In order to produce the properties of a mixture according to the state of the art which contains 2.5 phr C1PTES and 0.75 phr DBTU (Sample 7) there suffices according to the invention 1 phr OS 34 in a halogen rubber.
The base mixture A was supplemented in the following manner.
TABLE 8______________________________________Sample Number 12 13 14 15 16 17 18______________________________________ClPTES -- 2.5 -- -- -- -- --Rhenocure CA 0.75 0.75 -- -- -- -- --OS 81 -- -- 0.5 1 1.5 2 2.5______________________________________
There resulted a great viscosity reducing effect with OS 81 compared to the comparison mixtures 12 and 13. This is equivalent to a lesser energy expense in producing the mixtures.
TABLE 9______________________________________Rheometer test (Monsanto, Type: MPV)Deformation amplitude: 3 stages,Testing frequency: 3 cycles/min,Running time: 2 h, test temperature: 170° C.Sample Number 12 13 14 15 16 17 18______________________________________Dmin [Nm] 2.56 1.83 2.28 2.17 2.27 2.26 1.87Dmax [Nm]Dmax-Dmin [Nm]D120' [Nm] 9.32 12.02 9.59 9.76 10.94 11.45 10.24D120'-Dmin [Nm] 6.76 10.19 7.31 7.60 8.67 9.20 8.38D120'-D60' (%) 16.4 13.2 20.3 20.2 18.1 16.6 11.6D120'-Dmin______________________________________
The testing of the halogen rubber mixtures vulcanized at 170° C. gave the following values.
TABLE 10______________________________________Sample Number 12 13 14 15 16 17 18______________________________________Vulcanization Time: 60 60 60 60 60 60 60(min) 120 120 120 120 120 120 120ZF 17.3 16.9 20.0 21.2 20.8 22.2 23.2[MPa] 15.2 20.4 21.2 21.8 22.4 24.7 23.5A 112 78 101 86 79 72 64[mm.sup.3 ] 111 78 103 79 79 70 62______________________________________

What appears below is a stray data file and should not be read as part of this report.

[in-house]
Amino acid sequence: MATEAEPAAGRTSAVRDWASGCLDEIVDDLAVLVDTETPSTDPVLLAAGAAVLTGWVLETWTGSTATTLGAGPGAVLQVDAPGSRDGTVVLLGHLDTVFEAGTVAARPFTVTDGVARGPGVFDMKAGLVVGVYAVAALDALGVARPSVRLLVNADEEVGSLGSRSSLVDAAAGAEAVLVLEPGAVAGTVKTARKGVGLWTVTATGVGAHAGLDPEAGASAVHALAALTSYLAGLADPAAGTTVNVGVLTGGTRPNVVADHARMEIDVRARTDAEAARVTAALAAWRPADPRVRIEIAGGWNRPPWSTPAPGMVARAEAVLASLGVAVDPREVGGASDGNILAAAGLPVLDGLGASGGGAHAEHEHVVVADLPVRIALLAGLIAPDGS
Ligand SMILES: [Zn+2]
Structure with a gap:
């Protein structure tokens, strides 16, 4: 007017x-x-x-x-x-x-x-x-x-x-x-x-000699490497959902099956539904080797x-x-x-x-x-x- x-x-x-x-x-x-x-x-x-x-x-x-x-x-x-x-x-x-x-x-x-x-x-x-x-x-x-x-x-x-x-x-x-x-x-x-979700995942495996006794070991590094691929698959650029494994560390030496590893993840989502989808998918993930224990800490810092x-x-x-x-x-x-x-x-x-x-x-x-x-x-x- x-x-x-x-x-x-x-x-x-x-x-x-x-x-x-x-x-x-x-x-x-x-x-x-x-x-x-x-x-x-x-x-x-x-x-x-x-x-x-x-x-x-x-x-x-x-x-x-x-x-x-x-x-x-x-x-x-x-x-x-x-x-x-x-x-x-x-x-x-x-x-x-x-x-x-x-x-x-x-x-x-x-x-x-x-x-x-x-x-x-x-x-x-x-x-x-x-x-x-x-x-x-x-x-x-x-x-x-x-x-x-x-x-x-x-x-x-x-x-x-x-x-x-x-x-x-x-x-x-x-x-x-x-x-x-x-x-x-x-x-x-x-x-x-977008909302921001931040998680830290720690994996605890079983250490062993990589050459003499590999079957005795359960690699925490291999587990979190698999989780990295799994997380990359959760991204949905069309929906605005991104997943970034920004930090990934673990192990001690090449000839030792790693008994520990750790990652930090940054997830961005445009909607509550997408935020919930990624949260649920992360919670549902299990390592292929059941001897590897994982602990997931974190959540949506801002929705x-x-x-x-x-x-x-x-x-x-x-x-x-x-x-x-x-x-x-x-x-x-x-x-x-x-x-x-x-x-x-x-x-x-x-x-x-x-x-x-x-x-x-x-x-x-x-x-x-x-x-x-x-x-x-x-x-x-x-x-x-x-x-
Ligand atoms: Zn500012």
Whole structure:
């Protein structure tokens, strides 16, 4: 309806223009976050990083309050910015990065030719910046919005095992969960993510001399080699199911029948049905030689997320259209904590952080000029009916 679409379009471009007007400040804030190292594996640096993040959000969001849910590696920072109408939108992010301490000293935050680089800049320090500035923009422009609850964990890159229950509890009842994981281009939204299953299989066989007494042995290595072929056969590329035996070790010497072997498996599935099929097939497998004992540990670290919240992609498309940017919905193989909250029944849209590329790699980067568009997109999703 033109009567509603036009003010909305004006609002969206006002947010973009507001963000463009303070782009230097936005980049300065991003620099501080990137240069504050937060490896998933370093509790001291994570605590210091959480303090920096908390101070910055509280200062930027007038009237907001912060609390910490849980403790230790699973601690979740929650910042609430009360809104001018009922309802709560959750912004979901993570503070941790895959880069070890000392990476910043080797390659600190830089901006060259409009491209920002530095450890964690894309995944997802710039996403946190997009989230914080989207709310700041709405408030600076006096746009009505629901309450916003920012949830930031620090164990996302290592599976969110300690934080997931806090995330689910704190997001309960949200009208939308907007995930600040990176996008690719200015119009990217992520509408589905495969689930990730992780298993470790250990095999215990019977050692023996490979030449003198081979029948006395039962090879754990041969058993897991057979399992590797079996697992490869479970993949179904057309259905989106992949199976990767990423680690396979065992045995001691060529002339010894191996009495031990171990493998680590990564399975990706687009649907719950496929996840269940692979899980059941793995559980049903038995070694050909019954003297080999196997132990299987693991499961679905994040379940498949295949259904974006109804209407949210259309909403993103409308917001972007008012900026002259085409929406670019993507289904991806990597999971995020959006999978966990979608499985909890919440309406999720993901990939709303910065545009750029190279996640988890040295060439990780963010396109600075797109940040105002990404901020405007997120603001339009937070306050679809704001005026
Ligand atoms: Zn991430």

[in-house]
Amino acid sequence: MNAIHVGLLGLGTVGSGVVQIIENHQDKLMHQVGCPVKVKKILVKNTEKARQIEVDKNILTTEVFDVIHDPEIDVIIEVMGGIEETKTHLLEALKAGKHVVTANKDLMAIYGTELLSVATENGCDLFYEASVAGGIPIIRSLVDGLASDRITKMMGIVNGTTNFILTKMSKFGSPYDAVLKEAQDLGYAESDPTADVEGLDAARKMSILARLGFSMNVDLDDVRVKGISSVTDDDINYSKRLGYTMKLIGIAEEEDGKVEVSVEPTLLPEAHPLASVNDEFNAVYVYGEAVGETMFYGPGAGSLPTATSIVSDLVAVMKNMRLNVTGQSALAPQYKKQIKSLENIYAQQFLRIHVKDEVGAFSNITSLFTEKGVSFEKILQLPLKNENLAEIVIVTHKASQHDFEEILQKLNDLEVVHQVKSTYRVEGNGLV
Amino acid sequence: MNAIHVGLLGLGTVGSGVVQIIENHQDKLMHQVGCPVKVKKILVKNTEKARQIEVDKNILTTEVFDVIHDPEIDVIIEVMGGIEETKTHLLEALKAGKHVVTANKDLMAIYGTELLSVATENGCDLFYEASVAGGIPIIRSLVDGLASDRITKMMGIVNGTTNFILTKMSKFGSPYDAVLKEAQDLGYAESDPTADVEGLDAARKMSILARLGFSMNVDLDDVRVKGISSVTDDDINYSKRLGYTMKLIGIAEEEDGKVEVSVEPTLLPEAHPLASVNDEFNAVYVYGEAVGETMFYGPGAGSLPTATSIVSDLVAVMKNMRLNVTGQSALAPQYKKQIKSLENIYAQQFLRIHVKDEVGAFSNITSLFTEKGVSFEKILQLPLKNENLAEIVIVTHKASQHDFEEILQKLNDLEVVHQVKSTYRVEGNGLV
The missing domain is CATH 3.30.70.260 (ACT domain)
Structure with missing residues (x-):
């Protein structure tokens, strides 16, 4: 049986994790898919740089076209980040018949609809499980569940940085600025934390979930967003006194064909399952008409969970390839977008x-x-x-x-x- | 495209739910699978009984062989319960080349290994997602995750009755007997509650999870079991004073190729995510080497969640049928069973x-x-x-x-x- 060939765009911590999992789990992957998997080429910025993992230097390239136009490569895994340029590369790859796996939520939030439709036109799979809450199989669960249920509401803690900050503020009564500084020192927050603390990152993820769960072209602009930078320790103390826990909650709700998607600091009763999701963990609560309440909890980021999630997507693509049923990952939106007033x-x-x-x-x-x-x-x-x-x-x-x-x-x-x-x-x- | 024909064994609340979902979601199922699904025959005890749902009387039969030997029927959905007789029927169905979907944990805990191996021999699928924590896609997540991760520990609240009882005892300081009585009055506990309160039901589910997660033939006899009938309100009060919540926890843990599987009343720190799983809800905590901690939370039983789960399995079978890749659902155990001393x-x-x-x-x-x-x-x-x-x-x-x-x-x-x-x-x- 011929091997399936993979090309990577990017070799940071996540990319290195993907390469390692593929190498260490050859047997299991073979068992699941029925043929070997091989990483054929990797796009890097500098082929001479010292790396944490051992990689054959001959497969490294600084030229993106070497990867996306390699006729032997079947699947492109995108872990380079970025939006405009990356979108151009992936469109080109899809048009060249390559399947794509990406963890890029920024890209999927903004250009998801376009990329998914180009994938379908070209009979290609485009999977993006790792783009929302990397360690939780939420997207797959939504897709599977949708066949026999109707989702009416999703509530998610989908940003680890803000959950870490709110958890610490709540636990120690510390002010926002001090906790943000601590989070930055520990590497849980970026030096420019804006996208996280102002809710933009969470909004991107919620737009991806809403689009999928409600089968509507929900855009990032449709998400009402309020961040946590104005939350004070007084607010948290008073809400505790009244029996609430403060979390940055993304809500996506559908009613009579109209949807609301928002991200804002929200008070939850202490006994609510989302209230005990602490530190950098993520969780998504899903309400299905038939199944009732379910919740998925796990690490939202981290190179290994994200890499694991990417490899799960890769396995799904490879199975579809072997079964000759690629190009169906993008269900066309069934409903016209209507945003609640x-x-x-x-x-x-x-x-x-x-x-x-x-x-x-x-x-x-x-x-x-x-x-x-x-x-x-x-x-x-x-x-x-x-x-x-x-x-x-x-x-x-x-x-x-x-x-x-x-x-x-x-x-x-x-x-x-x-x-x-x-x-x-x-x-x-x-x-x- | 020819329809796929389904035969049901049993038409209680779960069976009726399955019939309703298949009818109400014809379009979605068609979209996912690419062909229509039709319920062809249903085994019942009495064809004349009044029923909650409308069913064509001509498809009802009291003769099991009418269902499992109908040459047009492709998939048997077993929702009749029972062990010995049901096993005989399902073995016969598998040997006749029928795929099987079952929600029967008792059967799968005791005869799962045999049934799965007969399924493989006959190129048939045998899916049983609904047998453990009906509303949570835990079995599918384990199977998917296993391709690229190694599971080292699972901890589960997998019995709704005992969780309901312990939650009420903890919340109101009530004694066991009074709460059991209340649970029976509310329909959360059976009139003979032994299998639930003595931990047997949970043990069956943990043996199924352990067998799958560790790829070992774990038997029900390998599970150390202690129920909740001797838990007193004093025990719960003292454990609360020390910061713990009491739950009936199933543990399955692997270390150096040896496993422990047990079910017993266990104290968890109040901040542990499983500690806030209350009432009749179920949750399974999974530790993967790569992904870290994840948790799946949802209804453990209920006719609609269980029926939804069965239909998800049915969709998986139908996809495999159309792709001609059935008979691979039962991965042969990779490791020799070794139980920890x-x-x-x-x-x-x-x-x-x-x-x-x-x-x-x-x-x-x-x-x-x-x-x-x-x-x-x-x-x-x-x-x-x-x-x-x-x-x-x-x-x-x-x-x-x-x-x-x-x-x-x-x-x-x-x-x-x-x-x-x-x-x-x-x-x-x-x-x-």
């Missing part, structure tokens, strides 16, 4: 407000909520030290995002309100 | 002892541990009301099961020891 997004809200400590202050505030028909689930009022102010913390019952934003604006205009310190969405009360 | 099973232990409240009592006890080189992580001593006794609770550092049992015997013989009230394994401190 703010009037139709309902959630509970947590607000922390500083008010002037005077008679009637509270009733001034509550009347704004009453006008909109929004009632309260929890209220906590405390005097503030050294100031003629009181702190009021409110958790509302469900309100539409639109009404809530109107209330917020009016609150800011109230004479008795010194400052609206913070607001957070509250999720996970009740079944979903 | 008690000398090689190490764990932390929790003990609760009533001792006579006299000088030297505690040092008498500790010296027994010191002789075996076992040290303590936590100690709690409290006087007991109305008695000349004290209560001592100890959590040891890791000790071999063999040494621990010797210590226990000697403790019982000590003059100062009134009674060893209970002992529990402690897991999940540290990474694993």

The mixtures containing the silicon containing isothiuronium compound shows clear superiority in the parameters tensile strength and abrasion. This is alrady established if only 0.5 phr OS 81 (Sample 14) is present in the mixture in comparison to 2.5 phr C1PTES and 0.75 phr Rhenocure CA (diphenyl thiourea).
In the base mixture A 20 parts of the silica were replaced by 20 parts of carbon black (Corax N330) and the mixture was supplemented as follows:
TABLE 11______________________________________Sample Number 19 20 21______________________________________Ultrasil VN 3 30 30 30CORAX N 330 20 20 20Naftolen ZD 10 10 10Cl-PTES -- 2.5 --OS 81 -- -- 1.0Diphenyl thiourea 0.75 0.75 --______________________________________
After vulcanization at 170° C. for 60 minutes, the following values were obtained.
TABLE 12______________________________________Sample Number 19 20 21______________________________________ZF [MPa] 17.3 21.1 20.4M 300 [MPa] 8.9 12.7 12.2BD (%) 520 470 470CS 15.3 8.4 8.8______________________________________